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Pediatr Res. 2014 Aug;76(2):202-10. doi: 10.1038/pr.2014.72. Epub 2014 May 12.

Maternal pregravid obesity changes gene expression profiles toward greater inflammation and reduced insulin sensitivity in umbilical cord.

Author information

1
1] Arkansas Children's Nutrition Center, Arkansas Children's Hospital, Little Rock, Arkansas [2] Department of Pediatrics, University of Arkansas for Medical Sciences, Little Rock, Arkansas.
2
Arkansas Children's Nutrition Center, Arkansas Children's Hospital, Little Rock, Arkansas.
3
Department of Obstetrics and Gynecology, University of Arkansas for Medical Sciences, Little Rock, Arkansas.

Abstract

BACKGROUND:

Maternal obesity is associated with unfavorable outcomes, which may be reflected in the as yet undiscovered gene expression profiles of the umbilical cord (UC).

METHODS:

UCs from 12 lean (pregravid BMI < 24.9) and 10 overweight/obese (pregravid BMI ≥ 25) women without gestational diabetes were collected for gene expression analysis using Human Primeview microarrays. Metabolic parameters were assayed in mother's plasma and cord blood.

RESULTS:

Although offspring birth weight and adiposity (at 2 wk) did not differ between groups, expression of 232 transcripts was affected in UC from overweight/obese compared with those of lean mothers. Gene-set enrichment analysis revealed an upregulation of genes related to metabolism, stimulus and defense response, and inhibitory to insulin signaling in the overweight/obese group. We confirmed that EGR1, periostin, and FOSB mRNA expression was induced in UCs from overweight/obese mothers, while endothelin receptor B, KLF10, PEG3, and EGLN3 expression was decreased. Messenger RNA expression of EGR1, FOSB, MEST, and SOCS1 were positively correlated (P < 0.05) with mother's first-trimester body fat mass (%).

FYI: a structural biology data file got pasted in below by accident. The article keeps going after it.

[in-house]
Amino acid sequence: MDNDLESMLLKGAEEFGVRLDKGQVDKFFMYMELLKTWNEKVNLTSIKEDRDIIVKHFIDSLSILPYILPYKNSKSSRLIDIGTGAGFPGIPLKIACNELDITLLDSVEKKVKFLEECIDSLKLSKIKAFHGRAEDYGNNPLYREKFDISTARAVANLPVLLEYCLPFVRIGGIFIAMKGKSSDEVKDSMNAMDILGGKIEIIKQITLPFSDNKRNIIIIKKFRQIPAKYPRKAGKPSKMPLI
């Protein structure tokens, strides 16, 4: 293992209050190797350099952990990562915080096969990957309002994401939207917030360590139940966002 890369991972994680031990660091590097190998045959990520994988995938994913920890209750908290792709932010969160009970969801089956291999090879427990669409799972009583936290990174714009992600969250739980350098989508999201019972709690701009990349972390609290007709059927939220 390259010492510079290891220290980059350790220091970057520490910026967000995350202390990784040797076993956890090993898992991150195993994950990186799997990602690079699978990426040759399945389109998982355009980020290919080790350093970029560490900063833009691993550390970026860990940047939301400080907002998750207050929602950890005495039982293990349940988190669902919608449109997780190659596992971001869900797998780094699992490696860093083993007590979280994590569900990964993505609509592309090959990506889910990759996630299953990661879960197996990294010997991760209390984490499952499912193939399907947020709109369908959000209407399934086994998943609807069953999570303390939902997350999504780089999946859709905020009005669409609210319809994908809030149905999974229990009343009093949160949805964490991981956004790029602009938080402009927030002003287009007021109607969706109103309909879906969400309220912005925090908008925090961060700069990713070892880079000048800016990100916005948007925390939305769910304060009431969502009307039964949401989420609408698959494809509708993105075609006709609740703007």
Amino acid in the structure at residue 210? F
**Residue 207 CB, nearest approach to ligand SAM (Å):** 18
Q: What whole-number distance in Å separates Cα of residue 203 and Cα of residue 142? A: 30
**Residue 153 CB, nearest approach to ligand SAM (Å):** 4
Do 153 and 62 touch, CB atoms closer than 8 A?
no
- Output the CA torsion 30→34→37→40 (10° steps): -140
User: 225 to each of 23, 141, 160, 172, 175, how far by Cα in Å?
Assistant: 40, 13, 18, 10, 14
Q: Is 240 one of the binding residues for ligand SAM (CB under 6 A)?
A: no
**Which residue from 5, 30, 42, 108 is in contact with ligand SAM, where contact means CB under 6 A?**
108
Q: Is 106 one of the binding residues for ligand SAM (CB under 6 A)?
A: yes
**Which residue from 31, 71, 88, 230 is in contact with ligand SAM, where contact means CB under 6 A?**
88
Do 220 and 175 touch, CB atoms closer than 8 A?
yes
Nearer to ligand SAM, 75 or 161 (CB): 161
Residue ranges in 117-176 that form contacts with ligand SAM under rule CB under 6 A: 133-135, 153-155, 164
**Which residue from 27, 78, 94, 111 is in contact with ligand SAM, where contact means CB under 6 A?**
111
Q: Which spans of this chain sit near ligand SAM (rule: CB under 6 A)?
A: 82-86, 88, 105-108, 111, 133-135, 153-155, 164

CONCLUSION:

Our data suggest a positive association between maternal obesity and changes in UC gene expression profiles favoring inflammation and insulin resistance, potentially predisposing infants to develop metabolic dysfunction later on in life.

PMID:
24819376
PMCID:
PMC4135718
DOI:
10.1038/pr.2014.72
[Indexed for MEDLINE]
Free PMC Article

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